Smart books

I haven’t been doing a whole lot of writing lately but I have been doing my fair share of reading.  I just finished reading Octavian Nothing Traitor to the Nation by M.T. Anderson.  I’m not sure exactly why this book was classified as YA, the vocabulary alone requires a companion dictionary.  One thing I really appreciated about this book was that I felt like I learned from it.  I love when I read a book and both enjoy and learn from it.  This seems to happen less with YA so when I stumble upon a YA book that I enjoy and learn from, it stands out.


2 thoughts on “Smart books”

  1. I had a lot of trouble with this one, too–the vocabulary was rather difficult. I think I was more frustrated with it than anything; I don’t feel that I actually learned anything!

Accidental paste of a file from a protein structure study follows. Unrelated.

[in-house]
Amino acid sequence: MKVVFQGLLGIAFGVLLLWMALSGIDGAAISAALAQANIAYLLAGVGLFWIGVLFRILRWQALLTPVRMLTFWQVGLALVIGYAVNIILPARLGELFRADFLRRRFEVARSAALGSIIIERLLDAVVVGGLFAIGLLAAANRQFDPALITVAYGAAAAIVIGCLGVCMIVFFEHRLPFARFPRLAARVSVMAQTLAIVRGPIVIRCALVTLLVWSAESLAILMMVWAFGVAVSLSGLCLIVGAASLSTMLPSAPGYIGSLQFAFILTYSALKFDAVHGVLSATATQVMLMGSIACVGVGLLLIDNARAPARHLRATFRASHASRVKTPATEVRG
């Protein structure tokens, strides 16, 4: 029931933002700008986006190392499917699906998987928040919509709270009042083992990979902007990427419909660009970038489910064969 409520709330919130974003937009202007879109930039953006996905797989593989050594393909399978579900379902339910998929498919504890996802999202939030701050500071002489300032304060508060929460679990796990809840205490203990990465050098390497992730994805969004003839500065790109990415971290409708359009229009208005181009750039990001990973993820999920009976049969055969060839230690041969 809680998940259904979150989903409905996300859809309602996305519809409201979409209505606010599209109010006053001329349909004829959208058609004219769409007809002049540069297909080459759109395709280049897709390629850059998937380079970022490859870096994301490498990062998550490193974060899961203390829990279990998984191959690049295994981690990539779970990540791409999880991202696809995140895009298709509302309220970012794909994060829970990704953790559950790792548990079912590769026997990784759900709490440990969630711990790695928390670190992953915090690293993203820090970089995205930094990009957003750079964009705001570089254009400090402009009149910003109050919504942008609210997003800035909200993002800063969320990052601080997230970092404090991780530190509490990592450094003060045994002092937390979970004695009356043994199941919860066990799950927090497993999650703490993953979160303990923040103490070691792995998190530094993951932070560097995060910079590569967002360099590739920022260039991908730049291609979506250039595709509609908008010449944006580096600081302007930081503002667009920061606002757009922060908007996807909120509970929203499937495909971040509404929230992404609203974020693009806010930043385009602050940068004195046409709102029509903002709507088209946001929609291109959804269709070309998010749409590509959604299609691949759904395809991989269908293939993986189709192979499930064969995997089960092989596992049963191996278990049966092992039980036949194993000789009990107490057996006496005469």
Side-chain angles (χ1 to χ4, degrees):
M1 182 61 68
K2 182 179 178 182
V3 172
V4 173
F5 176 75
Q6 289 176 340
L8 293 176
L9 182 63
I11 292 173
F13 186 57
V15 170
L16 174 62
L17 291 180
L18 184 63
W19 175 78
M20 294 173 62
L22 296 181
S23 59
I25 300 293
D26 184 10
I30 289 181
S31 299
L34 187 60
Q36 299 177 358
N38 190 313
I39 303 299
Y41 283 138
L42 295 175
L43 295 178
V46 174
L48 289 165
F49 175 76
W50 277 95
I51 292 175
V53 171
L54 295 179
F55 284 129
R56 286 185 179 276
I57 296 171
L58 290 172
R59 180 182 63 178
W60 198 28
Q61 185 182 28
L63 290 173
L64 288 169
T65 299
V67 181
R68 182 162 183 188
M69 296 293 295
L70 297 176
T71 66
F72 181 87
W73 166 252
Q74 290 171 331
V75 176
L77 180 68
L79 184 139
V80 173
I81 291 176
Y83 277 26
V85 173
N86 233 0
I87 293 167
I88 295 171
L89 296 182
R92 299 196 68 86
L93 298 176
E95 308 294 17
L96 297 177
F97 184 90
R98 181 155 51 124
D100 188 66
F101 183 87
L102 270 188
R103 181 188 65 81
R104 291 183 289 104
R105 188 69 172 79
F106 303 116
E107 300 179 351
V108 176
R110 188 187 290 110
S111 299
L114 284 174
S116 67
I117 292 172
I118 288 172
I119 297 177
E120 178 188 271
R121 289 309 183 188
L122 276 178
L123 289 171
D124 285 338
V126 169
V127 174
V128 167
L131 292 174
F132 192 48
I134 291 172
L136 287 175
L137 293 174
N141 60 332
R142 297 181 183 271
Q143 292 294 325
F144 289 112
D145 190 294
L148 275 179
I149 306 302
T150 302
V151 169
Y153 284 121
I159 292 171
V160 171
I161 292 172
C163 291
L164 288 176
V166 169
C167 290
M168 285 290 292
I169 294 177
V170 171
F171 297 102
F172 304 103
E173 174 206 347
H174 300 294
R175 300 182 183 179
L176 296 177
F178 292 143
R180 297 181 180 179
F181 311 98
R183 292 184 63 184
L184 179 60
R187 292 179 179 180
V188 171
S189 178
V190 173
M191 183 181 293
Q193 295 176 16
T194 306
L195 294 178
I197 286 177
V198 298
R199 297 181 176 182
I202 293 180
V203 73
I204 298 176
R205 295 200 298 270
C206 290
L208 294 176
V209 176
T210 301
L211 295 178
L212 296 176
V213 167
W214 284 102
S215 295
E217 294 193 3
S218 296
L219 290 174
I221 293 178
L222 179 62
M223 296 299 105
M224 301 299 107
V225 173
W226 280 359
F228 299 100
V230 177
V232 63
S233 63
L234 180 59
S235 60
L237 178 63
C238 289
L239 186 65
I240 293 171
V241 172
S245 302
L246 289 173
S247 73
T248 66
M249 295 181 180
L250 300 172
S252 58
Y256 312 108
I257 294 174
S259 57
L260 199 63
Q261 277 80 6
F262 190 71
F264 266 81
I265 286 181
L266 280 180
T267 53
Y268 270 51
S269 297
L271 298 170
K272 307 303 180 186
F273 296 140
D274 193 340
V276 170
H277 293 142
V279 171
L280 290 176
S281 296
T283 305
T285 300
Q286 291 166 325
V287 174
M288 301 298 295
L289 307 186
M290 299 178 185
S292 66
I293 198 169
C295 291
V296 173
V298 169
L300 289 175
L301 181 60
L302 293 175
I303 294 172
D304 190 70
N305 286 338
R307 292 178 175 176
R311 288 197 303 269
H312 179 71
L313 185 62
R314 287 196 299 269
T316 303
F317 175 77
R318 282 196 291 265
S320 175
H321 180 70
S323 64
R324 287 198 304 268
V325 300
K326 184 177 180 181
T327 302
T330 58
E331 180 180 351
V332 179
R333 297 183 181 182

1. It was definitely tough, and I was tempted to give up. That shiny book award on the front convinced me to keep going 🙂
      The second half of the book definitely picked up the plot, but I will say it’s not one I would recommend to everyone and I doubt most of my students (8th graders) would have the patience.

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